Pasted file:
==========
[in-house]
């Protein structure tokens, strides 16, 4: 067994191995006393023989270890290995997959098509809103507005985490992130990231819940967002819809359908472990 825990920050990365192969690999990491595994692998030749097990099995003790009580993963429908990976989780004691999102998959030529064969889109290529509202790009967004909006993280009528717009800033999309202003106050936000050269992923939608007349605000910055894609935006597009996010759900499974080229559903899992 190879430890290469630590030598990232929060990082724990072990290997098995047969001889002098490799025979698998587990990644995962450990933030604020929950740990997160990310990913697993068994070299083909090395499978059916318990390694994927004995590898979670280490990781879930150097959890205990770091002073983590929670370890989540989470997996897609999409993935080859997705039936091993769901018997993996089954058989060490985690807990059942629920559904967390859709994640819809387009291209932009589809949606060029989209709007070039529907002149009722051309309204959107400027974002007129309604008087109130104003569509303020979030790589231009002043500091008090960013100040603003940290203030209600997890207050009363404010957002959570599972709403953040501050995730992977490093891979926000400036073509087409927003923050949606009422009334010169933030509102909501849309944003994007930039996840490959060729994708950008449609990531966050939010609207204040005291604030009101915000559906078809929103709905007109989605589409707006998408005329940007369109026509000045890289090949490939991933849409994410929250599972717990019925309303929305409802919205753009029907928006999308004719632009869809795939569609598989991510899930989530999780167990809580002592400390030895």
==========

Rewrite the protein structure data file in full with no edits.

[in-house]
């Protein structure tokens, strides 16, 4: 067994191995006393023989270890290995997959098509809103507005985490992130990231819940967002819809359908472990 825990920050990365192969690999990491595994692998030749097990099995003790009580993963429908990976989780004691999102998959030529064969889109290529509202790009967004909006993280009528717009800033999309202003106050936000050269992923939608007349605000910055894609935006597009996010759900499974080229559903899992 190879430890290469630590030598990232929060990082724990072990290997098995047969001889002098490799025979698998587990990644995962450990933030604020929950740990997160990310990913697993068994070299083909090395499978059916318990390694994927004995590898979670280490990781879930150097959890205990770091002073983590929670370890989540989470997996897609999409993935080859997705039936091993769901018997993996089954058989060490985690807990059942629920559904967390859709994640819809387009291209932009589809949606060029989209709007070039529907002149009722051309309204959107400027974002007129309604008087109130104003569509303020979030790589231009002043500091008090960013100040603003940290203030209600997890207050009363404010957002959570599972709403953040501050995730992977490093891979926000400036073509087409927003923050949606009422009334010169933030509102909501849309944003994007930039996840490959060729994708950008449609990531966050939010609207204040005291604030009101915000559906078809929103709905007109989605589409707006998408005329940007369109026509000045890289090949490939991933849409994410929250599972717990019925309303929305409802919205753009029907928006999308004719632009869809795939569609598989991510899930989530999780167990809580002592400390030895």